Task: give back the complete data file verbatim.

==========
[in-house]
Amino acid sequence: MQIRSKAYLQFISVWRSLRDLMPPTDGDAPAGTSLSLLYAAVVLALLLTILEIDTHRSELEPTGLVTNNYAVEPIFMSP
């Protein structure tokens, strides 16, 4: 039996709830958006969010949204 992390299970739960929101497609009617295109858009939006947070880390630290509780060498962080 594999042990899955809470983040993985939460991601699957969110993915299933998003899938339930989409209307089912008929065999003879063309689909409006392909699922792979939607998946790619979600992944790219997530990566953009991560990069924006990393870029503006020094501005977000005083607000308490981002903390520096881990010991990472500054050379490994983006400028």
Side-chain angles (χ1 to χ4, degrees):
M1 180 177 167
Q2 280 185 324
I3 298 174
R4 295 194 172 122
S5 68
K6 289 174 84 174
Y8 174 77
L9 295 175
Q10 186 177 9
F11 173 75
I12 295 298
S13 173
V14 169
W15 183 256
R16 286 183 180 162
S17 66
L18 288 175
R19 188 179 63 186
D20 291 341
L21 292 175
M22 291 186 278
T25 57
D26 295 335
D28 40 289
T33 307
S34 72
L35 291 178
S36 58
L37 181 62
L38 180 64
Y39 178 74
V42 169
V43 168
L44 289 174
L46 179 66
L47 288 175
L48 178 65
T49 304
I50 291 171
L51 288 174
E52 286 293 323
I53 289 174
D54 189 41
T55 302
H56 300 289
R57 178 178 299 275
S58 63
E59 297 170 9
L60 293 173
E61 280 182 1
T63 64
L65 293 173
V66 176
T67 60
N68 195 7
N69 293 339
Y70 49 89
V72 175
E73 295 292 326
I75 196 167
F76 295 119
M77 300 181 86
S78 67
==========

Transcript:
[in-house]
Amino acid sequence: MQIRSKAYLQFISVWRSLRDLMPPTDGDAPAGTSLSLLYAAVVLALLLTILEIDTHRSELEPTGLVTNNYAVEPIFMSP
């Protein structure tokens, strides 16, 4: 039996709830958006969010949204 992390299970739960929101497609009617295109858009939006947070880390630290509780060498962080 594999042990899955809470983040993985939460991601699957969110993915299933998003899938339930989409209307089912008929065999003879063309689909409006392909699922792979939607998946790619979600992944790219997530990566953009991560990069924006990393870029503006020094501005977000005083607000308490981002903390520096881990010991990472500054050379490994983006400028």
Side-chain angles (χ1 to χ4, degrees):
M1 180 177 167
Q2 280 185 324
I3 298 174
R4 295 194 172 122
S5 68
K6 289 174 84 174
Y8 174 77
L9 295 175
Q10 186 177 9
F11 173 75
I12 295 298
S13 173
V14 169
W15 183 256
R16 286 183 180 162
S17 66
L18 288 175
R19 188 179 63 186
D20 291 341
L21 292 175
M22 291 186 278
T25 57
D26 295 335
D28 40 289
T33 307
S34 72
L35 291 178
S36 58
L37 181 62
L38 180 64
Y39 178 74
V42 169
V43 168
L44 289 174
L46 179 66
L47 288 175
L48 178 65
T49 304
I50 291 171
L51 288 174
E52 286 293 323
I53 289 174
D54 189 41
T55 302
H56 300 289
R57 178 178 299 275
S58 63
E59 297 170 9
L60 293 173
E61 280 182 1
T63 64
L65 293 173
V66 176
T67 60
N68 195 7
N69 293 339
Y70 49 89
V72 175
E73 295 292 326
I75 196 167
F76 295 119
M77 300 181 86
S78 67